The Seat Leon ST Cupra is kitted out with an impressive 280 horsepower

 

Price: £28,505
Engine capacity: 2 litre petrol
Power output (PS @ RPM): 280@5,600
Top speed (MPH): 155
Fuel economy (MPG): 42.2
CO2 emissions (G/Km): 157

How do you get a family estate car to go around a hairpin bend at 100mph? The answer is, first, to engineer it as well as the Seat Leon ST Cupra is set up. Second, to load on all the performance-oriented kit you possibly can, to make the most of its 280 horsepower, including 19in-diameter super fat wheels and special tyres (via an optional £2,485 performance pack). Third, don't ask me to do it.

Instead, place the task in the confident, capable hands of Jorde Gene, World Touring Car champion for five years running. He goes sideways, you see. Oh, and please do it on a racetrack with a team of Seat technicians and PRs on hand to maximise safety and fun. Somewhere near Barcelona, preferably.

So you get the idea, I hope. Here is a prime example of the latest niche in the car market – the compact performance estate. Until recently the Skoda Octavia VRS estate had the space all to itself, in effect a VW Golf GTI with a biggish, boxy body on top, to put it at its simplest. Ford has joined in in earnest now with a Focus Estate ST, and a Golf R Estate is promised for this summer, and will be the most powerful of this select bunch. Others will surely follow.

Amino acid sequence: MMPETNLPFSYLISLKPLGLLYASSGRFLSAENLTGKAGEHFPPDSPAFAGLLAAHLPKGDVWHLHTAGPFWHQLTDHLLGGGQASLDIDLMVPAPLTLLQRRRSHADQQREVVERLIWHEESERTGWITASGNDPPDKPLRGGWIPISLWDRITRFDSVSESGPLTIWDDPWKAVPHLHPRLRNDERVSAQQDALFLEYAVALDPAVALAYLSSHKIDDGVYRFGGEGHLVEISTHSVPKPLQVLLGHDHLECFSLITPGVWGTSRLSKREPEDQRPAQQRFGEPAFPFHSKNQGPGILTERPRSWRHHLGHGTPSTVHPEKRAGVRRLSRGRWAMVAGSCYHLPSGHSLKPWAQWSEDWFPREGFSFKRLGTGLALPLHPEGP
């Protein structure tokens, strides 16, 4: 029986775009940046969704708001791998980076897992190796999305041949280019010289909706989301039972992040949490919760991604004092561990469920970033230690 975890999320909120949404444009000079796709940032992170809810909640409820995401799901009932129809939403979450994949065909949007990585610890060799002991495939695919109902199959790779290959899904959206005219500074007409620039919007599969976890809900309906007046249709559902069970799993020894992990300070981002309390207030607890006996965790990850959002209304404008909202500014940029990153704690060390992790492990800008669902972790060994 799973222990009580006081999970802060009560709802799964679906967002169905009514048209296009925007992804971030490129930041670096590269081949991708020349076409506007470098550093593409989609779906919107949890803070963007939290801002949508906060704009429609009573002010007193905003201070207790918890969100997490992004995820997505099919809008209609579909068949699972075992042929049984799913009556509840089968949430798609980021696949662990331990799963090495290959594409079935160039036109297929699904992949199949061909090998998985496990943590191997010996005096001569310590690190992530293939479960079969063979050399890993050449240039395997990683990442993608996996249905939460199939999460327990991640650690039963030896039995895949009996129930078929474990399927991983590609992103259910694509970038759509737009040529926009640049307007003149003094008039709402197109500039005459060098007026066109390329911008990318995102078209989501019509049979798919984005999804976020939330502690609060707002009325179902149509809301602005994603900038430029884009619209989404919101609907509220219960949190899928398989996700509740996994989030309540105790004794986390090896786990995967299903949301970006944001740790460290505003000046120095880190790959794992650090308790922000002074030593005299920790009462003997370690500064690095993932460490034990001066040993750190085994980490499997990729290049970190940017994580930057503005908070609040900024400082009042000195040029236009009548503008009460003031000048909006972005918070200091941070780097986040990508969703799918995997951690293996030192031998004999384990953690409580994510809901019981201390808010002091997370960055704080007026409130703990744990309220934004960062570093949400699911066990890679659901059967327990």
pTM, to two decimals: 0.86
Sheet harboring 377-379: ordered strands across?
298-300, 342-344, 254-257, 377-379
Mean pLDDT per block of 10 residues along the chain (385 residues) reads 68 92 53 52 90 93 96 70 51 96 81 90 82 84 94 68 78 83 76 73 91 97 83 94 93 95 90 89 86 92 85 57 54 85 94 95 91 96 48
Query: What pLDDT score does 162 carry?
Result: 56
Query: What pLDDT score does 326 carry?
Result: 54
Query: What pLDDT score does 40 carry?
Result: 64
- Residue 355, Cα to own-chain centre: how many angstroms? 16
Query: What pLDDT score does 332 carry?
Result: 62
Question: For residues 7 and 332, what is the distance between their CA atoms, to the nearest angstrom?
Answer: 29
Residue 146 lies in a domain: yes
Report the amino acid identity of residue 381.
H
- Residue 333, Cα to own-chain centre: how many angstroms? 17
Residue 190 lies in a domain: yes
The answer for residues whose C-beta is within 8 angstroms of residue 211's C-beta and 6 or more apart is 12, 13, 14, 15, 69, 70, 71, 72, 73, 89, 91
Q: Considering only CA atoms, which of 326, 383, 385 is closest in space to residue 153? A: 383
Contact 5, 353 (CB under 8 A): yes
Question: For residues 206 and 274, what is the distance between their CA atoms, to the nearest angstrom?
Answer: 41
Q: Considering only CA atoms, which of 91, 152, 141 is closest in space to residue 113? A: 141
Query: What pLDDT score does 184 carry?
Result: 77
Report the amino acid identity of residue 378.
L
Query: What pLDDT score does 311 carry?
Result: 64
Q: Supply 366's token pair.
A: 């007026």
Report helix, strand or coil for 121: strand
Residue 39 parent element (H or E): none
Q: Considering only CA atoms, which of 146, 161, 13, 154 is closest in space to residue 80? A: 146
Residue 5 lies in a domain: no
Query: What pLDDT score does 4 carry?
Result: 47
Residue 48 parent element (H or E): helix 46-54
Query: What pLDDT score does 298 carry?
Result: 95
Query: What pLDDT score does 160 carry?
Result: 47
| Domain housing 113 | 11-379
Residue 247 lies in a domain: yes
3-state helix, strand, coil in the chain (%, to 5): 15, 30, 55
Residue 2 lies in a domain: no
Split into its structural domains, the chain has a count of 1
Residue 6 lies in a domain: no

Why then bother with the Seat – given that it uses the same basic architecture as its familiar VW Group siblings the Golf and Octavia? The answer is that it is a more attractively styled car than the others, especially in some of the colour and trim options.

It offers a few more features than the competition – dynamic chassis control and "drive profile", which will fine tune the car's performance set-up, though your Skoda will still be cheaper and roomier. With a Seat, though, you will be in something just that little bit rarer and more special than the rivals.

But please don't specify the "orange line" option, which will leave you with garish alloy wheels, and a grille liveried in that same hue, which inevitably brings to mind a cruel line about putting "lipstick on a pig". In fact, the colour is strongly reminiscent of pa amb tomàquet, a tomato-paste-on-toast snack native to Catalonia, as, indeed, is the Leon. Anyway, this Seat is just as tasty.

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